Development of a model for evaluating the effects of environmental temperature and thermal behaviour on biological control of locusts and grasshoppers using pathogens
Article first published online: 29 MAR 2007
2007 The Royal Entomological Society
Agricultural and Forest Entomology
Volume 9, Issue 3, pages 189–199, August 2007
How to Cite
Klass, J. I., Blanford, S. and Thomas, M. B. (2007), Development of a model for evaluating the effects of environmental temperature and thermal behaviour on biological control of locusts and grasshoppers using pathogens. Agricultural and Forest Entomology, 9: 189–199. doi: 10.1111/j.1461-9563.2007.00335.x
- Issue published online: 24 APR 2007
- Article first published online: 29 MAR 2007
- Accepted 24 December 2006First published online 29 March 2007
- Body temperature model;
- Calliptamus italicus Chortoicetes terminifera;
- Dociostaurus maroccanus;
- environmental temperature;
- Locustana pardalina;
- Metarhizium anisopliae var. acridum;
- Nomadacris septemfasciata;
- Oedaleus senegalensis;
- Zonocerus variegatus.
1 Recent years have seen an upsurge in locust and grasshopper populations in many parts of the world. Environmentally sustainable approaches to locust and grasshopper control may be possible through the use of biopesticides based on entomopathogenic fungi. Unfortunately, the performance of these biopesticides is highly variable with environmental temperature and host thermoregulatory behaviour critically determining the pattern and extent of mortality after applications. Here, we present a temperature-dependent model that enables us to predict the field performance of Metarhizium anisopliae var. acridum, the key fungal pathogen used in locust biopesticides.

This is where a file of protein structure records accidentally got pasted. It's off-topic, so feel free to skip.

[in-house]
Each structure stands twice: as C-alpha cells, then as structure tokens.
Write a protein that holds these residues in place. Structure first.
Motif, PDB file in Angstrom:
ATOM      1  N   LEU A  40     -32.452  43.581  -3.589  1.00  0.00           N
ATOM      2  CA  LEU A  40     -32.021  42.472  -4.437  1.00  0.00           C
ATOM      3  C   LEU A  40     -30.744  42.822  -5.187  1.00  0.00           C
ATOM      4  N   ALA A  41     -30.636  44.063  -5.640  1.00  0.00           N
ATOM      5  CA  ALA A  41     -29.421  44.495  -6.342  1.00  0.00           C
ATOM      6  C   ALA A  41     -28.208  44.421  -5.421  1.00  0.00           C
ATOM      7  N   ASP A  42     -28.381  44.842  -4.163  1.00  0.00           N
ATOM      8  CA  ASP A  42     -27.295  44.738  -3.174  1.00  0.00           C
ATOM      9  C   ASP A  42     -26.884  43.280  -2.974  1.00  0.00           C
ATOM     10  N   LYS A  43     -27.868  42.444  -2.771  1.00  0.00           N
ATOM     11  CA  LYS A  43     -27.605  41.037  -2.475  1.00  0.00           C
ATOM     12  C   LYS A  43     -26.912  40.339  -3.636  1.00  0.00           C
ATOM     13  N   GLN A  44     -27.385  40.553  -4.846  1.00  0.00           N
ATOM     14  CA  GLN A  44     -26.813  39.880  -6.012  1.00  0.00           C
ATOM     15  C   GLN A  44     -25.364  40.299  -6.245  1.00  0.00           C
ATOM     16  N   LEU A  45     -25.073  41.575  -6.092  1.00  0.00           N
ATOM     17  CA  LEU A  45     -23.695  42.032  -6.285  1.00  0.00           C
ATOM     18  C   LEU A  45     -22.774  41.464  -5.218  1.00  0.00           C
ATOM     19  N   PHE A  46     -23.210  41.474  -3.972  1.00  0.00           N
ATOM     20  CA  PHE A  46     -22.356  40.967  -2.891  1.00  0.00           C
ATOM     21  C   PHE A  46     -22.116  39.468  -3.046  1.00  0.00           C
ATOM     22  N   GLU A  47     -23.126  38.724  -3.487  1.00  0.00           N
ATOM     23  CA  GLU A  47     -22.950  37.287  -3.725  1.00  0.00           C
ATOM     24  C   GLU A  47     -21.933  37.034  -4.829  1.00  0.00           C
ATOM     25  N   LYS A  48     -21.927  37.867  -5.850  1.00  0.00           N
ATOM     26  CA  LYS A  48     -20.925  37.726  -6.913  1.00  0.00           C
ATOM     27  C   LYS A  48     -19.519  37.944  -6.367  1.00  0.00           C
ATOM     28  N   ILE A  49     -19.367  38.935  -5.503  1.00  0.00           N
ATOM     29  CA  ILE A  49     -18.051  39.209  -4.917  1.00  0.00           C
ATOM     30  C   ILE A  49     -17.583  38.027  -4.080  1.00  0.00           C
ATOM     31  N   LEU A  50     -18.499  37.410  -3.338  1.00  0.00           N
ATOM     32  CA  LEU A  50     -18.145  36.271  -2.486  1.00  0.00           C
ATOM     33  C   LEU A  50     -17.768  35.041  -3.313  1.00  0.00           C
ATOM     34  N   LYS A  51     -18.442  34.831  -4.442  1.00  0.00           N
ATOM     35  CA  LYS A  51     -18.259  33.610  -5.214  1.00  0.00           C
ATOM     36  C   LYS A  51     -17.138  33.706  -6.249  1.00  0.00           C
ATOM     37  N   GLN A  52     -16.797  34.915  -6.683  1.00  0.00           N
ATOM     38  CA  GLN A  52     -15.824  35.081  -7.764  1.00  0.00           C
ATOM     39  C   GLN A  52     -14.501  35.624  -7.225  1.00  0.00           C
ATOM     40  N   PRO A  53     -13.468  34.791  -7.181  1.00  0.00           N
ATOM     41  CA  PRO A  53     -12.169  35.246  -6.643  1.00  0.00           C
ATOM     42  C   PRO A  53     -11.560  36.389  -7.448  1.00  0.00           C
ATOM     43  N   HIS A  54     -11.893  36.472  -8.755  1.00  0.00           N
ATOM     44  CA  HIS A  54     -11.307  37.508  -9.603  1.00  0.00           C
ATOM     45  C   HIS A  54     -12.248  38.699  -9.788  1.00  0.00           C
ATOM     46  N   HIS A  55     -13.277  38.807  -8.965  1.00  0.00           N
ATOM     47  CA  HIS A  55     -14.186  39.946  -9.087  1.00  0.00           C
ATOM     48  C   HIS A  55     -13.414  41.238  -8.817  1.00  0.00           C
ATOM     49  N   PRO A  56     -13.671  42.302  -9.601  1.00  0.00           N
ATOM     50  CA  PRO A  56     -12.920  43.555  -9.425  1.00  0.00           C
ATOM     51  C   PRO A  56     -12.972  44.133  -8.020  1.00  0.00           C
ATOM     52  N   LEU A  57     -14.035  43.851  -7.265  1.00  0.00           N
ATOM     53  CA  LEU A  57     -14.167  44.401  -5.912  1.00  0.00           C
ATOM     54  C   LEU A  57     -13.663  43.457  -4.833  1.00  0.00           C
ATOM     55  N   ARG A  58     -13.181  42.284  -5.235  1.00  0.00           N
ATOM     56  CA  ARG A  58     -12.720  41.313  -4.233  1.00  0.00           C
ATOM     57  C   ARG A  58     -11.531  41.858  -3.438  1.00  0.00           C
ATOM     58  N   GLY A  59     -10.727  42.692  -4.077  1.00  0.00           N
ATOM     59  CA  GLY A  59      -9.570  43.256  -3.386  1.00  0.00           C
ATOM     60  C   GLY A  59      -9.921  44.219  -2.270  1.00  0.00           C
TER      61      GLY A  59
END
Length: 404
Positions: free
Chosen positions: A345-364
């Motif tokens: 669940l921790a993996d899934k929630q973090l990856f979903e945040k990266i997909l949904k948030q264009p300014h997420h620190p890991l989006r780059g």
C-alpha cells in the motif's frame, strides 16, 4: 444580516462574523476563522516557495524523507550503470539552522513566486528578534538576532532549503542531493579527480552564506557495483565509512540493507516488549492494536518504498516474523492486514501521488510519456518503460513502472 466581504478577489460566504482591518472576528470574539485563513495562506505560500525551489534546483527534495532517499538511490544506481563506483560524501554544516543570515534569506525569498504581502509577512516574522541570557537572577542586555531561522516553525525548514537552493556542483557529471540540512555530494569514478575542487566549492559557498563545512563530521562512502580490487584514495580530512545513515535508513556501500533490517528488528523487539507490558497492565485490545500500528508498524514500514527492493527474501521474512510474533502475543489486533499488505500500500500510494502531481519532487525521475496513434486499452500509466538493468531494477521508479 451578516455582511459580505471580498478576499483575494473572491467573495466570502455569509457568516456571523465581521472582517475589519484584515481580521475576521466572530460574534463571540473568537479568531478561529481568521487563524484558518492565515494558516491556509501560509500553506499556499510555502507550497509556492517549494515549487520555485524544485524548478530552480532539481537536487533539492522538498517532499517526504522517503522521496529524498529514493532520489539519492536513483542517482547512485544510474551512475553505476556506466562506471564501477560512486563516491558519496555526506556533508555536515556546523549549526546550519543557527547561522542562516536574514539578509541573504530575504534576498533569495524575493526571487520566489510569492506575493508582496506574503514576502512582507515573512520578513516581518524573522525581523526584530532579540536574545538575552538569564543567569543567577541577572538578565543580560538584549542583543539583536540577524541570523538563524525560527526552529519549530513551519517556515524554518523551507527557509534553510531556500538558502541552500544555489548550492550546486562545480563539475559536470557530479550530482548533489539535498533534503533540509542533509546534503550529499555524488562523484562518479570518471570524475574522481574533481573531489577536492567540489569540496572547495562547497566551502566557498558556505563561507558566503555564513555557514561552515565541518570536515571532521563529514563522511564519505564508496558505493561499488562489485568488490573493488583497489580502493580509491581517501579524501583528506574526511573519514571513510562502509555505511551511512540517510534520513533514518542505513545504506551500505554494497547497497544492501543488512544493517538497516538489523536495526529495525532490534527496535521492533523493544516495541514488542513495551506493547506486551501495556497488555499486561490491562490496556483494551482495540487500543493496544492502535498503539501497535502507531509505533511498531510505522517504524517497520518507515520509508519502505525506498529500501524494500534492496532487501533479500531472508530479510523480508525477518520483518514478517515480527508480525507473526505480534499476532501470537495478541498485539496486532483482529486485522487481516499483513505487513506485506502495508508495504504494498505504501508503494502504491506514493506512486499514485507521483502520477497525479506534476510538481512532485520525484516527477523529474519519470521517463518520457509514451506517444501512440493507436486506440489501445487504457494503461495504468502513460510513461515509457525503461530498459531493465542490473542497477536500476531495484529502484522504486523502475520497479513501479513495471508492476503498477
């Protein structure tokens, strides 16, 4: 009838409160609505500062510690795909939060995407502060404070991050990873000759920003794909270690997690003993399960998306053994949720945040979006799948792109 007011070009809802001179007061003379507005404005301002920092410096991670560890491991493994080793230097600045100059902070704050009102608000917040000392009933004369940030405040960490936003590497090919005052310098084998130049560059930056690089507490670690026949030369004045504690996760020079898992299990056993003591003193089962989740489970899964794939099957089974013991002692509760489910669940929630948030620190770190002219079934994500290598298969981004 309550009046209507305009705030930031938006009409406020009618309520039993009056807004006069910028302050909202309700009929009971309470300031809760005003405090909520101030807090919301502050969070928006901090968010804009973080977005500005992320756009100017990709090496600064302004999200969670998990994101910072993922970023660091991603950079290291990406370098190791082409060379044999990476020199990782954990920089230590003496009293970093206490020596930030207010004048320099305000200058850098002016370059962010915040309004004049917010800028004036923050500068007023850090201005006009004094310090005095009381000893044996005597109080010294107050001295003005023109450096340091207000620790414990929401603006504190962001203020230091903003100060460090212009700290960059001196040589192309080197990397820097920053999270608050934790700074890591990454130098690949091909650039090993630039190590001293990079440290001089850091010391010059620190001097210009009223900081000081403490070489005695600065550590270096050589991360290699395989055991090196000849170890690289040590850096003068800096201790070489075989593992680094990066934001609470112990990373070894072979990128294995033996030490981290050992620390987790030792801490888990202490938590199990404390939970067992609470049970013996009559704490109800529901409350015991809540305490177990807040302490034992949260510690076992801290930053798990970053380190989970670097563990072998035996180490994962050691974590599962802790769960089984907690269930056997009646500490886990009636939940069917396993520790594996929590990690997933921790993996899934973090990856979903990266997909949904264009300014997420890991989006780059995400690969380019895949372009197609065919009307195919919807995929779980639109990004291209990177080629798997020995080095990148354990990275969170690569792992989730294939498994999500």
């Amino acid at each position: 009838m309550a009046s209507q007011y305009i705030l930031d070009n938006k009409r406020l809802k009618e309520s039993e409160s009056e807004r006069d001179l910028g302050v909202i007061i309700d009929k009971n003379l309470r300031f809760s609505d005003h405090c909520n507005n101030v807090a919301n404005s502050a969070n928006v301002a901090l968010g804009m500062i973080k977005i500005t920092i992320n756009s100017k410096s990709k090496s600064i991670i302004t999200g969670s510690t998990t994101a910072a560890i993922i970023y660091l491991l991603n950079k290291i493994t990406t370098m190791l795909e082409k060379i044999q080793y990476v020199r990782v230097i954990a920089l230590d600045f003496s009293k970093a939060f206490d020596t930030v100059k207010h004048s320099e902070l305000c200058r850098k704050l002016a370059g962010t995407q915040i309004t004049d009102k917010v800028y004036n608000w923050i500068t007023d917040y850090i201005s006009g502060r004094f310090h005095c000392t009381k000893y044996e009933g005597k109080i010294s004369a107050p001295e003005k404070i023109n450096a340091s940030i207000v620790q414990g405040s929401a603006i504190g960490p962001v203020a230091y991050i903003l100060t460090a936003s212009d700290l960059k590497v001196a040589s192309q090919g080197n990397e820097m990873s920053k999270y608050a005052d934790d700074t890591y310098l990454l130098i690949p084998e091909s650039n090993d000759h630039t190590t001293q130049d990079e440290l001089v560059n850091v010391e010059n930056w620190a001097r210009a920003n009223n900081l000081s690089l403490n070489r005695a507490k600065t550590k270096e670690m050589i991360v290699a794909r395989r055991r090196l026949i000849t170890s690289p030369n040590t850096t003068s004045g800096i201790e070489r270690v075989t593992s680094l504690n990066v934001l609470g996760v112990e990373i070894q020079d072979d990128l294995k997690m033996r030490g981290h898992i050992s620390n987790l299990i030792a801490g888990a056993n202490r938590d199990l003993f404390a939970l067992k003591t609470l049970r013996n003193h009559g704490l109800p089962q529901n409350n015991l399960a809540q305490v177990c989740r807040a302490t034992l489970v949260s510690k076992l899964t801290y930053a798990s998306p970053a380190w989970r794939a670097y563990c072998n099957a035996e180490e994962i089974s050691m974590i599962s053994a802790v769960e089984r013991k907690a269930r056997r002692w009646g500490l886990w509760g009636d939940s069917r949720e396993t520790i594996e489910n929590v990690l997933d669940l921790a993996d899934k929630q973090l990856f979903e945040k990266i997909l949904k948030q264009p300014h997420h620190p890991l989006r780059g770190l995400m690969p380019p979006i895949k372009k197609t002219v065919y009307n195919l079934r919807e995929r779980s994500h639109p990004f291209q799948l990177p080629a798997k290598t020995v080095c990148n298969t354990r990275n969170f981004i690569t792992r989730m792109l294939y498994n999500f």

2 The model was constructed using mortality rate data generated across a range of temperatures in the laboratory and is driven by environmental temperature data linked through host body temperature models.
3 Model predictions were validated against empirical field data obtained for five species, Locustana pardalina, Oedaleus senegalensis, Zonocerus variegatus, Nomadacris septemfasciata and Chortoicetes terminifera. Mortality predictions were accurate to a 2-day error in every 10 days. This level of resolution is satisfactory to guide operational use of the biopesticide.
4 The model was subsequently used for a prospective evaluation of the performance of M. anisopliae var. acridum against two additional pest species, Dociostaurus maroccanus and Calliptamus italicus in Spain. Results suggest that this pathogen would work reasonably well against these species as long as early instars are targeted.
5 The model could provide a useful tool to assist in interpreting effectiveness of control operations, develop improved application strategies to optimize the performance of the biopesticide and identify appropriate target species and environments.